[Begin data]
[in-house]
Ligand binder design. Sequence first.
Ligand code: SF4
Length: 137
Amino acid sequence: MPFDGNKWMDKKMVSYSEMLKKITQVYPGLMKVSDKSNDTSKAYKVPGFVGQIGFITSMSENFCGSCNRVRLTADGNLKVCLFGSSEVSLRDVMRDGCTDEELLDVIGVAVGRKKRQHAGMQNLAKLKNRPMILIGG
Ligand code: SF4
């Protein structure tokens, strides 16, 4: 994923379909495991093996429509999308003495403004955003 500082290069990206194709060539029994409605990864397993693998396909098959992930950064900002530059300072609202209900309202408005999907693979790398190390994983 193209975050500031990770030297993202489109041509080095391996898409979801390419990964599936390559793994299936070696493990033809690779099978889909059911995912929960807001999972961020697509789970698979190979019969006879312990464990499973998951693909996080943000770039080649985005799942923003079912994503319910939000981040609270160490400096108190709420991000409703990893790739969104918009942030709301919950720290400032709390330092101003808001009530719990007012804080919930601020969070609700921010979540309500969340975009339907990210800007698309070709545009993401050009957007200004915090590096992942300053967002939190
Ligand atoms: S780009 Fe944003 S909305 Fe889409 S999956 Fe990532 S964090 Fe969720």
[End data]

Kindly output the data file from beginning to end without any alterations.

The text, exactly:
[in-house]
Ligand binder design. Sequence first.
Ligand code: SF4
Length: 137
Amino acid sequence: MPFDGNKWMDKKMVSYSEMLKKITQVYPGLMKVSDKSNDTSKAYKVPGFVGQIGFITSMSENFCGSCNRVRLTADGNLKVCLFGSSEVSLRDVMRDGCTDEELLDVIGVAVGRKKRQHAGMQNLAKLKNRPMILIGG
Ligand code: SF4
């Protein structure tokens, strides 16, 4: 994923379909495991093996429509999308003495403004955003 500082290069990206194709060539029994409605990864397993693998396909098959992930950064900002530059300072609202209900309202408005999907693979790398190390994983 193209975050500031990770030297993202489109041509080095391996898409979801390419990964599936390559793994299936070696493990033809690779099978889909059911995912929960807001999972961020697509789970698979190979019969006879312990464990499973998951693909996080943000770039080649985005799942923003079912994503319910939000981040609270160490400096108190709420991000409703990893790739969104918009942030709301919950720290400032709390330092101003808001009530719990007012804080919930601020969070609700921010979540309500969340975009339907990210800007698309070709545009993401050009957007200004915090590096992942300053967002939190
Ligand atoms: S780009 Fe944003 S909305 Fe889409 S999956 Fe990532 S964090 Fe969720």